Covering the Bases: Game 158
FIRST: The next four games will decide the Indians’ fate in the American League Wild Card race.
After routing the White Sox, improving Cleveland’s record to 17-6 this month and to 17-2 against Chicago this year, the Indians packed their bags and readied for the road ahead in Minnesota. It might’ve seemed like an opportune time for manager Terry Francona to meet with his players and give a speech to rally the ol’ troops.
“Nooo,” Francona said. “No, I want to stay out of the way, man. I don’t want to mess it up. They’re doing just fine. They’re doing OK.”
And what are Francona’s thoughts on the upcoming trip to the Twin Cities?
“They have a place where I always buy shirts,” replied the manager.
If that doesn’t sum up Francona’s horse-blinders approach to managing, I don’t know what will.
Here’s what we know. We know the Indians are one game behind the Rays for the AL’s top Wild Card and one game ahead of the Rangers for the second. We know that Cleveland just went 6-0 on its homestand, sweeping away the Astros and White Sox to set up a third straight meeting with a team playing for a top Draft pick next summer.
“We did what we needed to do,” Francona said.
And We know that the Indians are exactly where they want to be at this moment.
“You’ve got to be excited,” Indians veteran Jason Giambi said. “Any time that you have control of your own destiny, that’s what it’s all about. We’ve just got to go out there and play baseball. We don’t have to scoreboard watch. We don’t have to do anything but go play baseball.”
The Twins can be a pesky club, and no one should underestimate the fight in a team managed by Ron Gardenhire, but Minnesota is also playing poorly right now. Over their last 15 games overall, the Twins’ pitching staff has posted a 6.60 ERA, 1.66 WHIP and a 1.61 K/BB ratio. In the past 13 home games, the Twins’ offense has hit .245 with an average of 2.6 runs and 12.5 strikeouts per contest.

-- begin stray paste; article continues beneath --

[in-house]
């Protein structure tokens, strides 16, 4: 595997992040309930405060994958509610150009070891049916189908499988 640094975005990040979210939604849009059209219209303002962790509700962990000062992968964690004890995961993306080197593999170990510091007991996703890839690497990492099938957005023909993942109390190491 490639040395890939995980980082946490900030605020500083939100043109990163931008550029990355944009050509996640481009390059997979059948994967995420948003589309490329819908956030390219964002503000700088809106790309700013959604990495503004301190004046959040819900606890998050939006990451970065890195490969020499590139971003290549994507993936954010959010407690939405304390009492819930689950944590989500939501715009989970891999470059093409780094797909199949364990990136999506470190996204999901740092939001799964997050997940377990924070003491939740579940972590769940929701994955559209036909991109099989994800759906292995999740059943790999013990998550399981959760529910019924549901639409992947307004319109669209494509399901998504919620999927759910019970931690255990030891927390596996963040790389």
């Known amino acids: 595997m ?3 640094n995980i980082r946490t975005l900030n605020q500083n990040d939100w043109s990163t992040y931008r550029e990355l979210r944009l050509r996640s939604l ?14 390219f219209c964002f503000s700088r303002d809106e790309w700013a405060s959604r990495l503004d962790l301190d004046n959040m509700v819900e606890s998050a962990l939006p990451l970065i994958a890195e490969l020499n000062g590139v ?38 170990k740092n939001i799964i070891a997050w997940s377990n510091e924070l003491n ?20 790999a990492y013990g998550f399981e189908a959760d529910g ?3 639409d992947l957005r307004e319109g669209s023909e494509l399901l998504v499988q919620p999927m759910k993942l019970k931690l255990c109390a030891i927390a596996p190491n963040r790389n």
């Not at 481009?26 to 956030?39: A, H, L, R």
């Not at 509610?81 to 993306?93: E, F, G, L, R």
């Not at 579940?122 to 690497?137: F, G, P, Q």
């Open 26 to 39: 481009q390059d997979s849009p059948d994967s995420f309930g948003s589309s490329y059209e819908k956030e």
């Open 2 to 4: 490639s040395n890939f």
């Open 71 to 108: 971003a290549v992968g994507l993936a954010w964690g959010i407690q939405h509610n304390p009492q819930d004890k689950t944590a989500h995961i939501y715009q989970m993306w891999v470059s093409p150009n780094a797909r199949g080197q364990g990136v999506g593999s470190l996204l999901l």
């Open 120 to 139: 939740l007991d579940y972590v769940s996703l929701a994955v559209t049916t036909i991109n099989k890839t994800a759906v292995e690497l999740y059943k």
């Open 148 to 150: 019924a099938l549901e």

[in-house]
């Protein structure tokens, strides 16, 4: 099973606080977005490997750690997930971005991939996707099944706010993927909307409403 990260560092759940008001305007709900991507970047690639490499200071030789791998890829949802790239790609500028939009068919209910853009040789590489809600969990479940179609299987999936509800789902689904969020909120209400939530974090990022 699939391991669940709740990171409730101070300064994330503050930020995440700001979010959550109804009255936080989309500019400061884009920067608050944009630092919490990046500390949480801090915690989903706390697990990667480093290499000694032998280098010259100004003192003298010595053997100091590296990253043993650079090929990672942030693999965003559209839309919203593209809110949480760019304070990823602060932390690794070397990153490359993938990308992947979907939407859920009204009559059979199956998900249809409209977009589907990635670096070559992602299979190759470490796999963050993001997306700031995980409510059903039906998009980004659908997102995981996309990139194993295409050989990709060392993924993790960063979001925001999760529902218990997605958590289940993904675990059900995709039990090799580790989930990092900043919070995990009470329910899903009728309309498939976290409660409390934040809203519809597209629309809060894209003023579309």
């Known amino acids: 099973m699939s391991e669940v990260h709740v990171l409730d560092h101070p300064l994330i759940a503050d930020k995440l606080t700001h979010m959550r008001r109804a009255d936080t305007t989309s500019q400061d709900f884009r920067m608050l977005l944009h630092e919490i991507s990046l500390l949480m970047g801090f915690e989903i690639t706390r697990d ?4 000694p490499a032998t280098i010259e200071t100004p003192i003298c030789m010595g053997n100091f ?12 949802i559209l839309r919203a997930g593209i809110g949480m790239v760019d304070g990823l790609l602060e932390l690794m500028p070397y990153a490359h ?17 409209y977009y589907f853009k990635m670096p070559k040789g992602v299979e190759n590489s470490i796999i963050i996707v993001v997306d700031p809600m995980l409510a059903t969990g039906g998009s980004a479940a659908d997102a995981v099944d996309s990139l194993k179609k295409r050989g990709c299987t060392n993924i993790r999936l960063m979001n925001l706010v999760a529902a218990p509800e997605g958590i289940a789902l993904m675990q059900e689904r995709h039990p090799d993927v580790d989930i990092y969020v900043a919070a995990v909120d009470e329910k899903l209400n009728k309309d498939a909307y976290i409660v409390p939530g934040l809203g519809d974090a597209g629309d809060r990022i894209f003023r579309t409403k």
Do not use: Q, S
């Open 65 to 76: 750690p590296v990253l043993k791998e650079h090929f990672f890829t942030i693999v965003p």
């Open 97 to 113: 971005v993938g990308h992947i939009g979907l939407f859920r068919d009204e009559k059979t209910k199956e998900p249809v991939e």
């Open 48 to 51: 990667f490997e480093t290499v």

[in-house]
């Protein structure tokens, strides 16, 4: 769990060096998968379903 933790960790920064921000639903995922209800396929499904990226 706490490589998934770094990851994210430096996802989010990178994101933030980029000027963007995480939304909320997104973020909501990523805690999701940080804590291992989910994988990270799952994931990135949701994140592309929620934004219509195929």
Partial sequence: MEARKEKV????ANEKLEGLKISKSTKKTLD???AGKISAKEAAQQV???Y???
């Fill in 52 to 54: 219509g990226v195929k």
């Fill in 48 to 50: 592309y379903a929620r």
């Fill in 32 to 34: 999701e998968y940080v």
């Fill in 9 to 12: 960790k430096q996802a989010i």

“Every team is a Major League Baseball team for a reason,” Indians left fielder Michael Brantley said. “They’re going to have good players on the other side. Our job is to be better than them that day. We took care of our business at home this time and played great in front of a great fan crowd. It was nice.
“Now we just have to go on the road and continue to do what we’re doing.”
Notes from Wednesday’s win…
- At 88 wins, the Indians have improved by 20 wins over last season (68-94). Excluding strike-shortened years, that puts this team into a tie with the 1915-16 teams for the second-largest year-to-year win jump in the franchise’s 113-year history. The record is a 24-game improvement from 1985 to 1986.
- With a 17-2 record against the White Sox this season, the Indians became the fifth team since 1969 to achieve 17 wins over one opponent in a single year. The others: 1974 Braves (vs. Padres), 1986 Mets (over Pirates), 2006 A’s (over Mariners), 2013 Rangers (over Astros) and your Indians.
- Cleveland has 14 consecutive wins over the White Sox, marking a franchise record against Chicago. It’s also the first 14-game winning streak over a single opponent for the Tribe since running off 14 straight against the Kansas City A’s in 1960.
- The Indians ended the planned regular-season schedule with 51 wins, marking the most at home since also having 51 in 2007, which was a pretty good year for the Tribe
SECOND: The Indians again benefited from the September resurgence of Nick Swisher (two-run homer in fifth) and Asdrubal Cabrera (two-run single in seventh), but it was Brantley who served as the catalyst for Cleveland’s lineup once again.
Filling in at leadoff for Michael Bourn — sidelined for the moment with a sprained right wrist — Brantley went 3-for-5 with an RBI single and a double. It marked his third consecutive three-hit game for the Indians, who have won 11 of 13.
“It’s nice, because he sprays the ball all over the field,” Francona said. “It doesn’t matter if it’s a righty or a lefty. With Bourny out, he hits leadoff. You can hit him anywhere in the order. It’s nice to have him heating up.”